3. Almost every time I introduce the whole gong fu cha thing to a friend or family member, one of the first questions that comes up is “Is this usually done by women in China?”

  4. That’s interesting. I’d never given it much though, but I intuitively associate coffee moreso than tea with femininity. I supposed that’s because growing up, my mom drank coffee and my dad drank tea.

    I’ve noticed the same male tendency toward tea in the US. The few of my females friends that are big on tea are so primarily because I got them into it.

  5. At least in the west I consider it a Male flautist scenario. Some of the best flute players I have ever heard were males, yet a vast majority of people starting out on the flute are female.

    My view is if you are a male practicing something thats considered feminine he feels the need to excel, in a hope to redeem himself.

  6. For various reasons (having more to do with nurture than nature, I imagine), I think men (*generally speaking*) tend to take nerdy hobbies to the extreme a little more than women. Also, a lot of us know tea friends from online, and I think you tend to get a lot of people who are computer / engineering type people on tea newsgroups and forums — professions that are a bit skewed towards men as well. I do know a lot of women who are pretty nerdy about tea, though. On the flip side of this, I think more women than men tend to act interested when it comes up that I have an interest in tea.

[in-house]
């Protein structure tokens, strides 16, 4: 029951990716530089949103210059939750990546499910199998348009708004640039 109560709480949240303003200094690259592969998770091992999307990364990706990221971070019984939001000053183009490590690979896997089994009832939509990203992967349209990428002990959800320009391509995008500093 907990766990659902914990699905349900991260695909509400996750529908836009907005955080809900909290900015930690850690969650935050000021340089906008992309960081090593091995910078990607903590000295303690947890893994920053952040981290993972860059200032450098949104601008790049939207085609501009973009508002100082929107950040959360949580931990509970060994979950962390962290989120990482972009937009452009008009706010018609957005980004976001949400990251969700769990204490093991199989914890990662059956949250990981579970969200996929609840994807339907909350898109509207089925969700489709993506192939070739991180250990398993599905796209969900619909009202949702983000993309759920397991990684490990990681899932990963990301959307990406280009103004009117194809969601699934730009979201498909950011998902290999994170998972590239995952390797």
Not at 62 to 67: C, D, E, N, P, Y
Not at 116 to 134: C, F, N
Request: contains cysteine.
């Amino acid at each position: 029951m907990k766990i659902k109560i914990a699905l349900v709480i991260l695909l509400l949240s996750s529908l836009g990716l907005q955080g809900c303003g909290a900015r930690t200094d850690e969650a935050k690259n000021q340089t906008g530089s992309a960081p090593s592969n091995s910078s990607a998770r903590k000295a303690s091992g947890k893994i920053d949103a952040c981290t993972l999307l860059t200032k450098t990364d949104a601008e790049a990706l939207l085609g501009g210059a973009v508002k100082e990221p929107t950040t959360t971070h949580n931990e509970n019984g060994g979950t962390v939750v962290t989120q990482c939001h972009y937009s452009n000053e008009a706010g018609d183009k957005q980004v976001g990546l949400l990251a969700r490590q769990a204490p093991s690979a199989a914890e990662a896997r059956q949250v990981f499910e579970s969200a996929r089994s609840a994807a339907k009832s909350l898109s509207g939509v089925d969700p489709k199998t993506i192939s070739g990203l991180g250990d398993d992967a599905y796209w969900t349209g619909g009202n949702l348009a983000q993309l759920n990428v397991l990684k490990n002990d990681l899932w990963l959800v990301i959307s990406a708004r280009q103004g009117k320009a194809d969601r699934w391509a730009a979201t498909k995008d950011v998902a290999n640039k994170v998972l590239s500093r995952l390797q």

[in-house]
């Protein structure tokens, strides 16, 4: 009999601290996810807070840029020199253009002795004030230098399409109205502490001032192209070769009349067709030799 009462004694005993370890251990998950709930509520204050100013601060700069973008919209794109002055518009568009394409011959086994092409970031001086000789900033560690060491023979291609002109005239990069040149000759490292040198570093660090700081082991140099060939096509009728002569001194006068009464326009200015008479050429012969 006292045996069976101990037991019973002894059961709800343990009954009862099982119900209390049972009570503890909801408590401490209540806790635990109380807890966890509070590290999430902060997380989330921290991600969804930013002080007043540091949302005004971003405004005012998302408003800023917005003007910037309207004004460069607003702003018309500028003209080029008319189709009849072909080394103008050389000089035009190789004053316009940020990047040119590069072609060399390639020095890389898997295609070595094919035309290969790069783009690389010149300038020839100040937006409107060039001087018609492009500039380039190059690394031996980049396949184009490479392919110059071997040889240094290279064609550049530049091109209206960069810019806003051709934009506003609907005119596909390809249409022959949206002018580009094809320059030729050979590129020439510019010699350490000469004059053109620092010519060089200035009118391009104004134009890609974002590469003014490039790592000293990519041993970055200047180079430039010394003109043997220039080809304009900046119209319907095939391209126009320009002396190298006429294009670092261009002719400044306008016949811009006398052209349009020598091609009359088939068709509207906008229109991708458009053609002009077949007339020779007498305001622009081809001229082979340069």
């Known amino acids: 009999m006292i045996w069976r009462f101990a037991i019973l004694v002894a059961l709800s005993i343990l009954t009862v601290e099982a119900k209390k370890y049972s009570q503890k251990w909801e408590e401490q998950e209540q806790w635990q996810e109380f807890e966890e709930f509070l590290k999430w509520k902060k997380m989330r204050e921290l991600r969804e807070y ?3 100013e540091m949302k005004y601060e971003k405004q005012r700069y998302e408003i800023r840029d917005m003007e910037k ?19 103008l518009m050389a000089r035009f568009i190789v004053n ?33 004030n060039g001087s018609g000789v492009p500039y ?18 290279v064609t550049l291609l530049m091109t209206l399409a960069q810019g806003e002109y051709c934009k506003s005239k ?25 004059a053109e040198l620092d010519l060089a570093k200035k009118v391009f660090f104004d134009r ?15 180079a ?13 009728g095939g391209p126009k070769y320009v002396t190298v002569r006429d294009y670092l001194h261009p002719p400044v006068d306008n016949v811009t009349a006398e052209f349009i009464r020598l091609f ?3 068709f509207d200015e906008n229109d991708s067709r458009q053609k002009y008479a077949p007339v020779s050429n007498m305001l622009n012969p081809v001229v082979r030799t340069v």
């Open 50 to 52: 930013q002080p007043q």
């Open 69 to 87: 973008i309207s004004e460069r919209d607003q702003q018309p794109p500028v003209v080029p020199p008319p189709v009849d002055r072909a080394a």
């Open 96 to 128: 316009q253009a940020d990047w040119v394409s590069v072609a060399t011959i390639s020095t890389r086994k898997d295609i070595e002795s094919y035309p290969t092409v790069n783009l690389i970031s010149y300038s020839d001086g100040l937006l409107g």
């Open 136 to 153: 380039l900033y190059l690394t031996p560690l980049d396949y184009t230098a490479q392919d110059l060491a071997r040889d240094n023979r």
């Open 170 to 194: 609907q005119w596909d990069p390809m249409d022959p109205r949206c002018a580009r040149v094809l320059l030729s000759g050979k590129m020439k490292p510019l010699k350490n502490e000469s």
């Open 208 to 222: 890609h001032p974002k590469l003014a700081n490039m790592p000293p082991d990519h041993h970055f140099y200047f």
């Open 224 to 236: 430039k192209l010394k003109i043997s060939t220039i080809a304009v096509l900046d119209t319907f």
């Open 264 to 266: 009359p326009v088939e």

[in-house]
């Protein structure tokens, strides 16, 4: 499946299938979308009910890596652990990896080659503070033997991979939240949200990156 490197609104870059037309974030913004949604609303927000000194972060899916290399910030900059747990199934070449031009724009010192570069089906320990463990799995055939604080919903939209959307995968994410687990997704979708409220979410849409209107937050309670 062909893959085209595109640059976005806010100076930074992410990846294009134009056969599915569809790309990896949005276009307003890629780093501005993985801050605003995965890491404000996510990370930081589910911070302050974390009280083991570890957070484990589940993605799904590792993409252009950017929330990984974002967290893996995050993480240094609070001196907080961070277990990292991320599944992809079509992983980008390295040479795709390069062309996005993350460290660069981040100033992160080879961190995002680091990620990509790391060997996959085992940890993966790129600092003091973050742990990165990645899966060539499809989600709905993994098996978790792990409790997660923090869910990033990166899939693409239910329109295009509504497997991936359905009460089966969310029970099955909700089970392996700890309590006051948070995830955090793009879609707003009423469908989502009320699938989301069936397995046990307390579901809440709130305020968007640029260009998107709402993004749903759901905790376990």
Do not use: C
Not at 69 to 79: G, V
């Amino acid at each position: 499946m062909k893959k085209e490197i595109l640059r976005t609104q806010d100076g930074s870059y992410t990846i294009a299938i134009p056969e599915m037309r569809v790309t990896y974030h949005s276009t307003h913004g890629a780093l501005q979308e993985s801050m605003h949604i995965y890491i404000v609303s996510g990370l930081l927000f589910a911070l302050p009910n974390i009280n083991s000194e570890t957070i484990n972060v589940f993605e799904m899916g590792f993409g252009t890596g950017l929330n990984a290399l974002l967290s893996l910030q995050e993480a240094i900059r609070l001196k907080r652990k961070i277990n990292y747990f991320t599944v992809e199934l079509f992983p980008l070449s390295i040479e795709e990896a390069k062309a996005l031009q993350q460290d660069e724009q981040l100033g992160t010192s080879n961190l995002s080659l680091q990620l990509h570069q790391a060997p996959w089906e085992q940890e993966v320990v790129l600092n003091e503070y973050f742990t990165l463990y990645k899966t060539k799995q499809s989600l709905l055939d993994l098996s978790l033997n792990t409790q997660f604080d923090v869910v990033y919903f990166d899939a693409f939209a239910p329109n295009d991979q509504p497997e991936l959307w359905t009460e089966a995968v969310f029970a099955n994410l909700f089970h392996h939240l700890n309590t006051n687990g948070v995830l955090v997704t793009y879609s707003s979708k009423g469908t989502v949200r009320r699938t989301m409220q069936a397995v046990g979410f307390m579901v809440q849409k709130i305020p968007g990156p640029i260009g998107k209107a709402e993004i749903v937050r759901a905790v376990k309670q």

In reference to Maitre_tea’s comment, I think there are definitely some interesting stereotypes about which types of tea are masculine or feminine, and you definitely see certain teas falling a little more towards one side or another of the gender aisle. But I think you will also find quite a number of exceptions; men who are passionate about green tea or delicate, floral oolongs, or women who are into teas with rich, bold flavors. And while many people may have certain teas that they’re more passionate about than others, most tea-lovers I know are able to appreciate good teas of various types. I wonder if gender sometimes plays a little bit of a role in brewing technique as well. Are men more likely than women to stuff the pot or brew with a heavier hand, or is that just a stereotype?

    As far as why the brewer in tea shops in China is usually female, I had one woman who brewed tea at a factory offer an interesting explanation for this. She claimed that this was because men weren’t patient enough, and more likely to move on too quickly when brewing tea for clients. I think a lot of it, though, boils down to tradition, men wanting to buy from a pretty woman, and from (male) customers enjoying having women in a traditional (i.e., subservient) role in serving them.

  7. Sex always sells!

    I’m not entirely convinced by the argument that online communities show a skewed sample of male/female ratio, if only because this has been true in my encounters in China as well, where the tea networks that I was hanging out in were decidedly not based on any sort of online forums.